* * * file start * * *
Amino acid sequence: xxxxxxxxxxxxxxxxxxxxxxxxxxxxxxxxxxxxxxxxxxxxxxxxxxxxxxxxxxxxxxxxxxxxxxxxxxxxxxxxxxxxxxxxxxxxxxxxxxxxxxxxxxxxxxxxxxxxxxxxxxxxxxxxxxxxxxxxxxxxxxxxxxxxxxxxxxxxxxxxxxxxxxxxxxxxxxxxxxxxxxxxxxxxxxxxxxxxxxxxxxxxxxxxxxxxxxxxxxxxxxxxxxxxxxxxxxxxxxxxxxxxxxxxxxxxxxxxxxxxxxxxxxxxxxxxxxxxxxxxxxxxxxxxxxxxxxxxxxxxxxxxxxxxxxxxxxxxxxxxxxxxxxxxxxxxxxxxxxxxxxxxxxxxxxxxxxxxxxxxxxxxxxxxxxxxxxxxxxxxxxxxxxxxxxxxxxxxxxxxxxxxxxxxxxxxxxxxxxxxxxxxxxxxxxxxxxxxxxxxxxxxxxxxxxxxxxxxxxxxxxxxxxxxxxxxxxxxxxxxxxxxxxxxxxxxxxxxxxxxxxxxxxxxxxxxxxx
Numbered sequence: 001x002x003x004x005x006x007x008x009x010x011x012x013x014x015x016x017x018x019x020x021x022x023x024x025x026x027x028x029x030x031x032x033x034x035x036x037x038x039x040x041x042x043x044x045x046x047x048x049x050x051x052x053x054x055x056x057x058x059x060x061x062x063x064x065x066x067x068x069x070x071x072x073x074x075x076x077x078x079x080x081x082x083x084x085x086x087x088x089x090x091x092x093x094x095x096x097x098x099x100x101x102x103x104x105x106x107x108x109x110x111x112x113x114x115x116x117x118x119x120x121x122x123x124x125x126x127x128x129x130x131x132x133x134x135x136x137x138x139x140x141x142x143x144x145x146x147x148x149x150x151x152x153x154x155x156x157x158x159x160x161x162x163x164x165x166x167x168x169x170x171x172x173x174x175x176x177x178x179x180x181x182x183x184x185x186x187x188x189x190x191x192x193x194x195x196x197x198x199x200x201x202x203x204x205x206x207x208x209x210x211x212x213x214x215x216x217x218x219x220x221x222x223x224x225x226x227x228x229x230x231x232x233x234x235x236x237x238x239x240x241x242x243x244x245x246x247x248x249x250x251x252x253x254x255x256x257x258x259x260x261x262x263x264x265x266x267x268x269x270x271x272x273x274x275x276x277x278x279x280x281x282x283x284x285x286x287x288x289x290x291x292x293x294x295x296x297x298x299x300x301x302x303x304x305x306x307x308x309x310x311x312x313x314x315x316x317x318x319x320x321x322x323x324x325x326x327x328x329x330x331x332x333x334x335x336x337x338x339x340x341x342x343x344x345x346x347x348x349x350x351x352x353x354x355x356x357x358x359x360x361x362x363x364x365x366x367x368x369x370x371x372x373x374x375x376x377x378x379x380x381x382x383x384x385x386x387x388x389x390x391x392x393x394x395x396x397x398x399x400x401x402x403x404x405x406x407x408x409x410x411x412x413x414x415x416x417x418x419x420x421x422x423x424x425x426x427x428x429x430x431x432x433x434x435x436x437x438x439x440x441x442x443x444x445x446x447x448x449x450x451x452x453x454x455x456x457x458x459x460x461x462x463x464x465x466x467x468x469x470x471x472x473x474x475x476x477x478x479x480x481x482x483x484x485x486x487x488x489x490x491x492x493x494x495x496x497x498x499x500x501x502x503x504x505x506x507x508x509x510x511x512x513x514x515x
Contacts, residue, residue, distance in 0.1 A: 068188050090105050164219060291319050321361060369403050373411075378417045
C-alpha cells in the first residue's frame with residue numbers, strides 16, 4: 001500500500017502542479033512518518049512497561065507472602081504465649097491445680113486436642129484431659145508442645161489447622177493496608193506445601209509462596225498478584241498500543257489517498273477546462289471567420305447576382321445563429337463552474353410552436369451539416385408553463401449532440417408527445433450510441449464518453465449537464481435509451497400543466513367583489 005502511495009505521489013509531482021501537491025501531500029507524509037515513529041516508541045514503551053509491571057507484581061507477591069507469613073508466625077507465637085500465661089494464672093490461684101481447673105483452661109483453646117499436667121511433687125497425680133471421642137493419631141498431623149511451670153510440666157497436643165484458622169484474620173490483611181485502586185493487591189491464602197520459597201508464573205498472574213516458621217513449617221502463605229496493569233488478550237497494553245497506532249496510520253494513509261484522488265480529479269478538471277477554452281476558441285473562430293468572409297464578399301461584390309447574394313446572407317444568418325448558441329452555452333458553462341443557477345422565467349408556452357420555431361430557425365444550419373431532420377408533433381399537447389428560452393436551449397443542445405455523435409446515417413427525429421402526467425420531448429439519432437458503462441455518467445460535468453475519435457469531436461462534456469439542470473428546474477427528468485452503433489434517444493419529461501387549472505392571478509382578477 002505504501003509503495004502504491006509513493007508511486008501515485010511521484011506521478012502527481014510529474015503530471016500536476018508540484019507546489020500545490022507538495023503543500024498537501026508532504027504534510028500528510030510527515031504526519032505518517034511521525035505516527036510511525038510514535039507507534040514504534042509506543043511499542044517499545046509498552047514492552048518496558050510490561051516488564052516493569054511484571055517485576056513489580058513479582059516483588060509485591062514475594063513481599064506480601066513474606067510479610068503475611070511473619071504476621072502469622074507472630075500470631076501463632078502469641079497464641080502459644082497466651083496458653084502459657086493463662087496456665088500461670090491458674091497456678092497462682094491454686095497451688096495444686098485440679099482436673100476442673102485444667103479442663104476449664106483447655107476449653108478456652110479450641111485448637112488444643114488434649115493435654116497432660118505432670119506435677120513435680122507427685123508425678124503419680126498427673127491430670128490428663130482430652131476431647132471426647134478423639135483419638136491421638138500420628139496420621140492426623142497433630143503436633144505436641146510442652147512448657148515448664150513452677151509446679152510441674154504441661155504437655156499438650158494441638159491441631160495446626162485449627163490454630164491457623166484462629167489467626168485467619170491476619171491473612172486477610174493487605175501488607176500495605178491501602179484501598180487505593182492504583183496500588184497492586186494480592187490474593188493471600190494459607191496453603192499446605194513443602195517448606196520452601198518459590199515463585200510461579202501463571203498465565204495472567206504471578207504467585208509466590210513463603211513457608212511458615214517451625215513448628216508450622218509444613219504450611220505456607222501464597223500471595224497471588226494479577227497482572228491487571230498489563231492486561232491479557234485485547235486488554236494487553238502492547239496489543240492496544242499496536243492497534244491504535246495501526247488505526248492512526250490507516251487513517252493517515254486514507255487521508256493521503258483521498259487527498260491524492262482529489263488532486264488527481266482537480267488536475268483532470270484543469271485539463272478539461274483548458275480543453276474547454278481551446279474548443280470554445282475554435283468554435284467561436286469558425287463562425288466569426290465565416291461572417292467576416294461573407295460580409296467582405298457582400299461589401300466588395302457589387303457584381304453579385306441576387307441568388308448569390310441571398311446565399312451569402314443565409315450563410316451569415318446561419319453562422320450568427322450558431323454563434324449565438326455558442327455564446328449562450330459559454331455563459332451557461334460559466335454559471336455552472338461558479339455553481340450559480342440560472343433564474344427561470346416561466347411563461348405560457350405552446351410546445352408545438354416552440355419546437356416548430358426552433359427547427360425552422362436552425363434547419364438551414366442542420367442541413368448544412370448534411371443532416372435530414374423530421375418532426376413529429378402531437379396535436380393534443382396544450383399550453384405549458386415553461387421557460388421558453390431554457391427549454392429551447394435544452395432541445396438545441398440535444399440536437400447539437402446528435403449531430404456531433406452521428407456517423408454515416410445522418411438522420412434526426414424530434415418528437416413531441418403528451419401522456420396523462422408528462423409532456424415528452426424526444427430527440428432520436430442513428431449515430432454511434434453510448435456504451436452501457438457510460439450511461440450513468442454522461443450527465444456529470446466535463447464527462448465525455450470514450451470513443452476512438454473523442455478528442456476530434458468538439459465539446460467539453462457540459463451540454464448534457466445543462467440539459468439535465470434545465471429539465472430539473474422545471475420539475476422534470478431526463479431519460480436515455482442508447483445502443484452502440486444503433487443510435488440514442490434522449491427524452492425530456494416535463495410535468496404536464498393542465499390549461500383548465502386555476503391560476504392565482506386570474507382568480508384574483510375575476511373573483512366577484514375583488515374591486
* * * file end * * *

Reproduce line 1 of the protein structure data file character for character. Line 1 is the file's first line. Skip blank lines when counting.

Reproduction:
Amino acid sequence: xxxxxxxxxxxxxxxxxxxxxxxxxxxxxxxxxxxxxxxxxxxxxxxxxxxxxxxxxxxxxxxxxxxxxxxxxxxxxxxxxxxxxxxxxxxxxxxxxxxxxxxxxxxxxxxxxxxxxxxxxxxxxxxxxxxxxxxxxxxxxxxxxxxxxxxxxxxxxxxxxxxxxxxxxxxxxxxxxxxxxxxxxxxxxxxxxxxxxxxxxxxxxxxxxxxxxxxxxxxxxxxxxxxxxxxxxxxxxxxxxxxxxxxxxxxxxxxxxxxxxxxxxxxxxxxxxxxxxxxxxxxxxxxxxxxxxxxxxxxxxxxxxxxxxxxxxxxxxxxxxxxxxxxxxxxxxxxxxxxxxxxxxxxxxxxxxxxxxxxxxxxxxxxxxxxxxxxxxxxxxxxxxxxxxxxxxxxxxxxxxxxxxxxxxxxxxxxxxxxxxxxxxxxxxxxxxxxxxxxxxxxxxxxxxxxxxxxxxxxxxxxxxxxxxxxxxxxxxxxxxxxxxxxxxxxxxxxxxxxxxxxxxxxxxxxxxxx